LTI Newsletter Download (PDF)

Tuesday
Apr172007

Secularism and Beyond

Michael Hoelzl ("Silete theologi: Two concepts of normative secularization in the work of Hans Kelsen and Carl Schmitt") and Graham Ward ("Postsecularity or the Changing Structures of Believing?") will be speaking at  Secularism and Beyond, Copenhagen University, May 29th to June 1st 2007. Here's a brief abstract from the conference website:

The relationship between religion and politics has attracted increased interest in public as well as academic discourse, especially within the humanities, legal studies and social sciences. The dominant way of conceiving this relationship in the Western world is through the lens of secularism. In that sense, the conception of secularism is the focal point for studying and analysing the relationship between religion, politics, law and public life and the separation of the public as a distinct sphere different from and independent of religion and a religious sphere.
Tuesday
Jan302007

LTI Newsletter Winter 2007

LTI hosts international conference on women ordination. Nearly seventy researchers and clergy from around the world gathered at the University of Manchester’s Hulme Hall conference centre in July 2006 to discuss the position of ordained women across the Christian churches, sharing insights and experiences. Speakers from four continents discussed Roman Catholic, Anglican, Presbyterian, Lutheran and the Salvation Army perspectives (amongst others) and covered topics including: the professionalisation... click here to read more.

 

LTI Newsletter Download (PDF)

Tuesday
Jan232007

Religion and Political Thought Reader

This book provides an essential resource for studies in religion and politics. It is divided into three parts, beginning with an introduction outlining the contemporary relevance of reviewing the relationship between the two subject areas; a brief history of the interactions between religion and politics that have pertained both in East and the West, and the key concepts that relate these two fields. The second section comprises a selection of classic readings. Beginning with Aristotle, the readings explore the metaphor of the body and its political deployment in the mediaeval period, the concern with sovereignty in early modernity, religion and democracy in Enlightenment Europe, religion and democracy in America, nineteenth-century socialism, and twentieth-century concerns with totalitarianism and democracy. The third section comprises an introductory essay followed by eight full-length essays by contemporary thinkers, exploring key ideas that are currently at the forefront of debates concerning religion and political life.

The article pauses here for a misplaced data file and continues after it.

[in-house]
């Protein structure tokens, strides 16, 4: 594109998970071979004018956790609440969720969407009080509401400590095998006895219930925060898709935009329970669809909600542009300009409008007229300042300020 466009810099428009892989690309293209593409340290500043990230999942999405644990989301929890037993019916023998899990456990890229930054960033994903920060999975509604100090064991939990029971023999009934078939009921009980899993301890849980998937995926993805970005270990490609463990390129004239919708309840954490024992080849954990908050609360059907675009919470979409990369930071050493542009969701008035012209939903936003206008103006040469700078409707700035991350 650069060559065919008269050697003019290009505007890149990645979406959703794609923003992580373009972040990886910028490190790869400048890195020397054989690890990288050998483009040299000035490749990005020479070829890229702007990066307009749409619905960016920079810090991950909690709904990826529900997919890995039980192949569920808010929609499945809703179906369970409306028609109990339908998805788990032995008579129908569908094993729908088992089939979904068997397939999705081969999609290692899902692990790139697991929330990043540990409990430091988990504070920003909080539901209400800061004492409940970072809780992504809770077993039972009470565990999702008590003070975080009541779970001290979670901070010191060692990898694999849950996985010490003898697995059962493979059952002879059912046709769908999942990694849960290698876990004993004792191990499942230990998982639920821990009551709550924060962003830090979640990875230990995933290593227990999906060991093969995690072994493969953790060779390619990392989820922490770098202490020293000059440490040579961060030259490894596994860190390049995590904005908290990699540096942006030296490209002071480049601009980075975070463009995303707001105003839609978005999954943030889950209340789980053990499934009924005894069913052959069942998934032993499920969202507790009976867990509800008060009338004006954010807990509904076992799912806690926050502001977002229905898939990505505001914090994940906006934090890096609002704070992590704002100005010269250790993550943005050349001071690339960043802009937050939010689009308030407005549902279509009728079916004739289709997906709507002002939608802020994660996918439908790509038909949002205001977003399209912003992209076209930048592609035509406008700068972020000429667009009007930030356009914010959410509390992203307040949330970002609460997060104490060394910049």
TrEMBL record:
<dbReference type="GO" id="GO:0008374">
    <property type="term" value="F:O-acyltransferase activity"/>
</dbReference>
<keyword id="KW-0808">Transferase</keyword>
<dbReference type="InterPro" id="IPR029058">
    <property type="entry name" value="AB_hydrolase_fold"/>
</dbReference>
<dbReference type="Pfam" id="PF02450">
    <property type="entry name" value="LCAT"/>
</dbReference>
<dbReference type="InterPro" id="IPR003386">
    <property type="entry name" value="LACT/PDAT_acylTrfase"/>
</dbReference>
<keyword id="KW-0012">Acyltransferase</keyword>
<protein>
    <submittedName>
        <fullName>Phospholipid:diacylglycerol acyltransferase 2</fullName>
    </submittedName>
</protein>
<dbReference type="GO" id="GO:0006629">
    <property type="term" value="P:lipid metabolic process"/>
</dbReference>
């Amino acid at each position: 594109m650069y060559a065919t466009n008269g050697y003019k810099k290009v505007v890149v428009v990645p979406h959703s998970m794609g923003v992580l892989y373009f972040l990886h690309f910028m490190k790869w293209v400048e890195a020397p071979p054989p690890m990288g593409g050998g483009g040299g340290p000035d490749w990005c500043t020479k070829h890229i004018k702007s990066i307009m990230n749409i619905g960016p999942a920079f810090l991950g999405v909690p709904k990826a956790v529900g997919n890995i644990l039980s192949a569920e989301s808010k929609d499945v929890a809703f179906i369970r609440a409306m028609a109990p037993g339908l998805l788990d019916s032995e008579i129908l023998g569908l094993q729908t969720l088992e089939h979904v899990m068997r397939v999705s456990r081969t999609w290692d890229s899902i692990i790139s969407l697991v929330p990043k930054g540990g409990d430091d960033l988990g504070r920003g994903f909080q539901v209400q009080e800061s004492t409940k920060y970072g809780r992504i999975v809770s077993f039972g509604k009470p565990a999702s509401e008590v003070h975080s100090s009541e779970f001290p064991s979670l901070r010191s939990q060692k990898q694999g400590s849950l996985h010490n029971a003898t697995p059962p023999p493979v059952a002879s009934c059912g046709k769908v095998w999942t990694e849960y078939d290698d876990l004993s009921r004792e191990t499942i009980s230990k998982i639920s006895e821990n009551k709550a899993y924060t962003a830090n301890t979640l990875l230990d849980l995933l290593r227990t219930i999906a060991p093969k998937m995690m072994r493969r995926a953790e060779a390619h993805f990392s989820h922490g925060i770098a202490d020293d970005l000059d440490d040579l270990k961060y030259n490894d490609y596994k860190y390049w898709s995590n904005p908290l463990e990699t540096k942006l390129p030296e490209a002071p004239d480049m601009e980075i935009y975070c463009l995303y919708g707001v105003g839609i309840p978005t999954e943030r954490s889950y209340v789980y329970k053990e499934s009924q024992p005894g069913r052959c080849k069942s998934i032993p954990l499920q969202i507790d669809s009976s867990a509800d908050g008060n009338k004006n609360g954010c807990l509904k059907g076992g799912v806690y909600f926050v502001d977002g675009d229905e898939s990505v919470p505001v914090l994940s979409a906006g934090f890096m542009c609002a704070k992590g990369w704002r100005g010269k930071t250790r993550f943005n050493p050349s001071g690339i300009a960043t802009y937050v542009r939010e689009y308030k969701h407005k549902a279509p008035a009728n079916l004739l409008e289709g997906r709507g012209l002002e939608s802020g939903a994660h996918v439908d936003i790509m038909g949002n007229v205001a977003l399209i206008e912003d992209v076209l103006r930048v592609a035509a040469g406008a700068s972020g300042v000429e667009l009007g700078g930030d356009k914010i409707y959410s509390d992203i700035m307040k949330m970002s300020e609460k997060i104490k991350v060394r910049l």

Four of these essays move beyond the 'Christian' framing behind the classical texts, to examine how key concepts from this historical legacy have impacted on Hinduism, Islam, Judaism and Buddhism. One other essay explores issues with respect to the politics of gender and liberation theology. The remaining three treat important contemporary issues as represented by three important social/cultural theorists - the state of emergency and the homo sacer, the radical nature of agape and the relationship between democracy and secularism.